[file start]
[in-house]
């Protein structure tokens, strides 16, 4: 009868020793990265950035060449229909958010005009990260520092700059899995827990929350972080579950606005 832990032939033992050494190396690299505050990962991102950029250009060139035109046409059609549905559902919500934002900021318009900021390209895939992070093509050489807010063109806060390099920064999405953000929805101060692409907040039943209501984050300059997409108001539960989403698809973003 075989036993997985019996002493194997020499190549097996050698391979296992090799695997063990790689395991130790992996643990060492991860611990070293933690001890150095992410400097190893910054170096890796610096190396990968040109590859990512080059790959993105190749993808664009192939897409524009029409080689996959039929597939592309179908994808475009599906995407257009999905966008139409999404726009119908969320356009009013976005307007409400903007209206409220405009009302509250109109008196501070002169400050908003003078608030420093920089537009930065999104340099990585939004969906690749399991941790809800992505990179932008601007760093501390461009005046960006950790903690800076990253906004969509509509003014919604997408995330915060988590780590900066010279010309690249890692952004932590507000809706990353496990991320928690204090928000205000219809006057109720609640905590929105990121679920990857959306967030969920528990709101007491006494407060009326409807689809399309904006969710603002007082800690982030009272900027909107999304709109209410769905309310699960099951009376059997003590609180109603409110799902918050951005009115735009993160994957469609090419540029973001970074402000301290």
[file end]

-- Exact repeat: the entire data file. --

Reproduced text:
[in-house]
């Protein structure tokens, strides 16, 4: 009868020793990265950035060449229909958010005009990260520092700059899995827990929350972080579950606005 832990032939033992050494190396690299505050990962991102950029250009060139035109046409059609549905559902919500934002900021318009900021390209895939992070093509050489807010063109806060390099920064999405953000929805101060692409907040039943209501984050300059997409108001539960989403698809973003 075989036993997985019996002493194997020499190549097996050698391979296992090799695997063990790689395991130790992996643990060492991860611990070293933690001890150095992410400097190893910054170096890796610096190396990968040109590859990512080059790959993105190749993808664009192939897409524009029409080689996959039929597939592309179908994808475009599906995407257009999905966008139409999404726009119908969320356009009013976005307007409400903007209206409220405009009302509250109109008196501070002169400050908003003078608030420093920089537009930065999104340099990585939004969906690749399991941790809800992505990179932008601007760093501390461009005046960006950790903690800076990253906004969509509509003014919604997408995330915060988590780590900066010279010309690249890692952004932590507000809706990353496990991320928690204090928000205000219809006057109720609640905590929105990121679920990857959306967030969920528990709101007491006494407060009326409807689809399309904006969710603002007082800690982030009272900027909107999304709109209410769905309310699960099951009376059997003590609180109603409110799902918050951005009115735009993160994957469609090419540029973001970074402000301290």